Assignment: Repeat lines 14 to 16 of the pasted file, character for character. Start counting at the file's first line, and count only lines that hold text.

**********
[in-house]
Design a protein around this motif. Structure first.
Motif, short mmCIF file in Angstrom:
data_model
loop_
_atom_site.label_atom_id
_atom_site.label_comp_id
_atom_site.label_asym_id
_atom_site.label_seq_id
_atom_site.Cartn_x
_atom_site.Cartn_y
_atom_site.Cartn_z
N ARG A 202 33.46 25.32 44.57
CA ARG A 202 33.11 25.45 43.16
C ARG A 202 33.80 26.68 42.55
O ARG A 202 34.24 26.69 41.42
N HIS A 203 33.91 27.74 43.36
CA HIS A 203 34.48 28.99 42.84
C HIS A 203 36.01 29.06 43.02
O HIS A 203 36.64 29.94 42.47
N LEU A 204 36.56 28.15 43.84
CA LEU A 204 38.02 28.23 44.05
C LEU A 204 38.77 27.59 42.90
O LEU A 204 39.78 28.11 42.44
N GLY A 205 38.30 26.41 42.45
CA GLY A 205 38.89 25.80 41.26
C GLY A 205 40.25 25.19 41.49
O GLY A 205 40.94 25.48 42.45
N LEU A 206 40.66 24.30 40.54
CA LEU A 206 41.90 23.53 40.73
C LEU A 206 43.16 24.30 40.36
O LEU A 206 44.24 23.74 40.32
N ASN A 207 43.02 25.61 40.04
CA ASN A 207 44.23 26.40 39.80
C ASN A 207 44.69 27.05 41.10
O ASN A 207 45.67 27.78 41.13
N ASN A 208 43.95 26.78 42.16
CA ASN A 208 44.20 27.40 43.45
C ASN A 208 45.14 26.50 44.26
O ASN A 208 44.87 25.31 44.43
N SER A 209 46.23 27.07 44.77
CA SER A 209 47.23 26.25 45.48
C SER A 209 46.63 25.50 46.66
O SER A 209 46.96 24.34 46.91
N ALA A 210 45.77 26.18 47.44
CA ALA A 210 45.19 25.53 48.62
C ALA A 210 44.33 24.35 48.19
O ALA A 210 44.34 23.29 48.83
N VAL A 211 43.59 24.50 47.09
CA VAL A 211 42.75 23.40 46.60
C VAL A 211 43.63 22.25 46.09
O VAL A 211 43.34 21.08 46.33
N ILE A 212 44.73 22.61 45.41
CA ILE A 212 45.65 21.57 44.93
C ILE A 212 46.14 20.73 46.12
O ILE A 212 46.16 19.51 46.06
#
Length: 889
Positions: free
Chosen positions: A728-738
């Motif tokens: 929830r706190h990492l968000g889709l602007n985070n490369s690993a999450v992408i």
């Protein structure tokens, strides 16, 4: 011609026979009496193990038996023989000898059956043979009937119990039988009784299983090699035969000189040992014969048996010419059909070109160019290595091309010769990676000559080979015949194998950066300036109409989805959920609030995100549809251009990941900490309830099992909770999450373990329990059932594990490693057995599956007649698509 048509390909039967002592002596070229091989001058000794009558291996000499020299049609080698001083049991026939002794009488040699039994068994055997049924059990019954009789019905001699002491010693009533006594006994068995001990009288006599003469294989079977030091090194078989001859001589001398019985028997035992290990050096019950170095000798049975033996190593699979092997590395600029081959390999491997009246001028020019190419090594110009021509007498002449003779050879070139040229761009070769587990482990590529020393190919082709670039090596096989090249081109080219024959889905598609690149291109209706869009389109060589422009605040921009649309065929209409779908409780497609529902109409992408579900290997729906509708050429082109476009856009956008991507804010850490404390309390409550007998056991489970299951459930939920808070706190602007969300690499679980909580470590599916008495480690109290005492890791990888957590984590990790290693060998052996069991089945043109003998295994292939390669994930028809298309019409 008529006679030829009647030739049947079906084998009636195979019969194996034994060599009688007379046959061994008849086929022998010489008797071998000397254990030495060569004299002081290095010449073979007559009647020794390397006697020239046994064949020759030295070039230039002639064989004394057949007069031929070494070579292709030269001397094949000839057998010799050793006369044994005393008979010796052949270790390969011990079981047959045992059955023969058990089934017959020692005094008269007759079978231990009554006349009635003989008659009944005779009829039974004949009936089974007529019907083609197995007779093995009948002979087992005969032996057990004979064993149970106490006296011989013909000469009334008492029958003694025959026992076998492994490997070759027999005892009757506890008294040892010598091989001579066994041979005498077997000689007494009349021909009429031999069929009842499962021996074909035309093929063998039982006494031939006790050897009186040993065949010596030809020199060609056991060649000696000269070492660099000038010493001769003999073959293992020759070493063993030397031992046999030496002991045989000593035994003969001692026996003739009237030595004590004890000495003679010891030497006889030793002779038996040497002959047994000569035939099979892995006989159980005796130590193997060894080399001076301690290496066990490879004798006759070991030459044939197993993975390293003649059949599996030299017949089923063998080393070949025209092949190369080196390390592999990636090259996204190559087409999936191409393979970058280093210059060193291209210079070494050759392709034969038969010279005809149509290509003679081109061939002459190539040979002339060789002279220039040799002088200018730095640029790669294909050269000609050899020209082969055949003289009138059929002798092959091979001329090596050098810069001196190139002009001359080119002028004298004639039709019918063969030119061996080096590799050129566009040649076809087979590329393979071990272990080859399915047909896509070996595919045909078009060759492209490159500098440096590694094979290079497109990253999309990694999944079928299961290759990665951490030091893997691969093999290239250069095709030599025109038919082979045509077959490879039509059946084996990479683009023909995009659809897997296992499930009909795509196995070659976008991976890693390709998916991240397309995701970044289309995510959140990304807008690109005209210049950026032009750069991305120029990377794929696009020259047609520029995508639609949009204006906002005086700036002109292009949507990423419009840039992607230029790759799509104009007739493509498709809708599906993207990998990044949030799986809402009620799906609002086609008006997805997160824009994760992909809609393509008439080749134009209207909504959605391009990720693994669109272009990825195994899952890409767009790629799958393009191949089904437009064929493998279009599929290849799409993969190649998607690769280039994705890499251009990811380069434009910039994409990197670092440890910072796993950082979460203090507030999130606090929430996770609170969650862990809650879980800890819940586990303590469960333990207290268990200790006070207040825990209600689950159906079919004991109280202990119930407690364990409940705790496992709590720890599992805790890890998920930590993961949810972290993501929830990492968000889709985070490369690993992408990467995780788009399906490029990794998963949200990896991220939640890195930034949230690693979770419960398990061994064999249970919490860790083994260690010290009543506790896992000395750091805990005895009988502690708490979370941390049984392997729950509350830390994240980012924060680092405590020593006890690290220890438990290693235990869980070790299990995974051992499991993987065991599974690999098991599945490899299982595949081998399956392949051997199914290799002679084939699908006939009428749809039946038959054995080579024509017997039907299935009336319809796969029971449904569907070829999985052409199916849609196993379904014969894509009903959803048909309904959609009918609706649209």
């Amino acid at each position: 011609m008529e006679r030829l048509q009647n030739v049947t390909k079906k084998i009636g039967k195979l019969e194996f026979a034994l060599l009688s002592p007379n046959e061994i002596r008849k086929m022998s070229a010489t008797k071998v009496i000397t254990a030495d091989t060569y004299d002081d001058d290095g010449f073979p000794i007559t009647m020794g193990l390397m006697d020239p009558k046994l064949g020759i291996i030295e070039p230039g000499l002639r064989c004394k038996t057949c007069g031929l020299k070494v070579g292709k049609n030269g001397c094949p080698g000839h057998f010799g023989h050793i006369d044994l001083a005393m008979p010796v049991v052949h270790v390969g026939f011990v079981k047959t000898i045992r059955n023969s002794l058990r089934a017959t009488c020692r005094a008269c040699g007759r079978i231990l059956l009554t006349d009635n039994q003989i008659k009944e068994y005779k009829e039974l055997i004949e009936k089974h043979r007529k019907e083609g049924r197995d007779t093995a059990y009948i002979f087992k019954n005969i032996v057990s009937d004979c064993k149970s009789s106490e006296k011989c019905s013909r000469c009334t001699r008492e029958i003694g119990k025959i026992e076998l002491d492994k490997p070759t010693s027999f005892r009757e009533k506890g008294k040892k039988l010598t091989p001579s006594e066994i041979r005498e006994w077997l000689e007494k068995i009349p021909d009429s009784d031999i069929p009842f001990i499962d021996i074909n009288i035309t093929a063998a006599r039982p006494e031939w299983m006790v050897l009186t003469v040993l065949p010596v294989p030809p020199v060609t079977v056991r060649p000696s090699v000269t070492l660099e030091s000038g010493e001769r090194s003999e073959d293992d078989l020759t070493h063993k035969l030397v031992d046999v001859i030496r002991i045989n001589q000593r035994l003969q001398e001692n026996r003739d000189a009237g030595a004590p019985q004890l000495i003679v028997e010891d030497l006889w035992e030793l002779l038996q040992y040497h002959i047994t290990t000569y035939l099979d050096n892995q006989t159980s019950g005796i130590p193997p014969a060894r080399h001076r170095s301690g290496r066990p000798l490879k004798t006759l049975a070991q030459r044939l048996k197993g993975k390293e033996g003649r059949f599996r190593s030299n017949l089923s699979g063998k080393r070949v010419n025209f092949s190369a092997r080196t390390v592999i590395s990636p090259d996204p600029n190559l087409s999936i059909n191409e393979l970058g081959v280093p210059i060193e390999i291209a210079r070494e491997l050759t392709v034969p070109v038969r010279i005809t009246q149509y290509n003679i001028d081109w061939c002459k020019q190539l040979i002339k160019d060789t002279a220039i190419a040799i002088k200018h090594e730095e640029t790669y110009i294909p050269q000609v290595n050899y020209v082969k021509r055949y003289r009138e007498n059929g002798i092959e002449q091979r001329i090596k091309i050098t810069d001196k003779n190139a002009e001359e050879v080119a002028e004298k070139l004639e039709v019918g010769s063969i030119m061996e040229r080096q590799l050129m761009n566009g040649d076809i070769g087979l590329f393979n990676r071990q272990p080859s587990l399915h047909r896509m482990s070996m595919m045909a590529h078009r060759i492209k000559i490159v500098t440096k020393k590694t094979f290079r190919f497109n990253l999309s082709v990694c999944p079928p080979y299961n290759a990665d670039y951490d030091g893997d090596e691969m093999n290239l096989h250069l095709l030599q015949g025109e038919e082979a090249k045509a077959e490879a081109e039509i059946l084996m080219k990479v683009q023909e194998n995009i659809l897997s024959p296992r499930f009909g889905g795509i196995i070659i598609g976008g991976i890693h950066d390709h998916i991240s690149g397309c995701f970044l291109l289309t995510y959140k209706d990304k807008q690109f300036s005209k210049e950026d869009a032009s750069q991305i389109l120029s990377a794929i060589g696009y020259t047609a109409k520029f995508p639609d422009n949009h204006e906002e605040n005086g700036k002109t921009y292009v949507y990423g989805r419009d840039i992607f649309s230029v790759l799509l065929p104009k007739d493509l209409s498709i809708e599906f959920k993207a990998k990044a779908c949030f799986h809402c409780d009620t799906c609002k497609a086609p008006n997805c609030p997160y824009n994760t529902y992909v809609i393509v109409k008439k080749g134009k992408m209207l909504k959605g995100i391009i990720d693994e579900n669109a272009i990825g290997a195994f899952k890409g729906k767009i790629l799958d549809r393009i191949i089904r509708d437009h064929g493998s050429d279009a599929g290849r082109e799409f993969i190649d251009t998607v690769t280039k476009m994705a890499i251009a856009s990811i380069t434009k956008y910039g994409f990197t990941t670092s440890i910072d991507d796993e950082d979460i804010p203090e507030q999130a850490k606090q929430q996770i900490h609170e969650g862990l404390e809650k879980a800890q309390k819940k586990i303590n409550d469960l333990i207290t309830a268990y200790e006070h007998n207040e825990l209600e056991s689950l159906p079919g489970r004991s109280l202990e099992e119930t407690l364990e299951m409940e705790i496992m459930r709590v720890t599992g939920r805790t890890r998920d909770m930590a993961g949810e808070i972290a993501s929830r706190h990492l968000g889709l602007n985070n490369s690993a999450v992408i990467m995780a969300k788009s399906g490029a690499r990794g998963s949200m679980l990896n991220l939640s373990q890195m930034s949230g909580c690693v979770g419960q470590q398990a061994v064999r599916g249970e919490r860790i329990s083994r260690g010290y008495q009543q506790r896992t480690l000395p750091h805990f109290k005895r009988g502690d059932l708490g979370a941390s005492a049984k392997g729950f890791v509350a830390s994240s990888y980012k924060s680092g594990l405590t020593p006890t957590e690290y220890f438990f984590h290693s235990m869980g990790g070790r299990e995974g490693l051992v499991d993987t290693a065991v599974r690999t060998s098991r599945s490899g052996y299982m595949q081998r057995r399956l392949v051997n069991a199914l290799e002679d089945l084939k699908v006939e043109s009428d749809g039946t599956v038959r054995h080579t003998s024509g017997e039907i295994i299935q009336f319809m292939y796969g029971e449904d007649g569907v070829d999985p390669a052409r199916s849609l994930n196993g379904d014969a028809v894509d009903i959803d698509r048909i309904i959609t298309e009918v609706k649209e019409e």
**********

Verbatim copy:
CA ARG A 202 33.11 25.45 43.16
C ARG A 202 33.80 26.68 42.55
O ARG A 202 34.24 26.69 41.42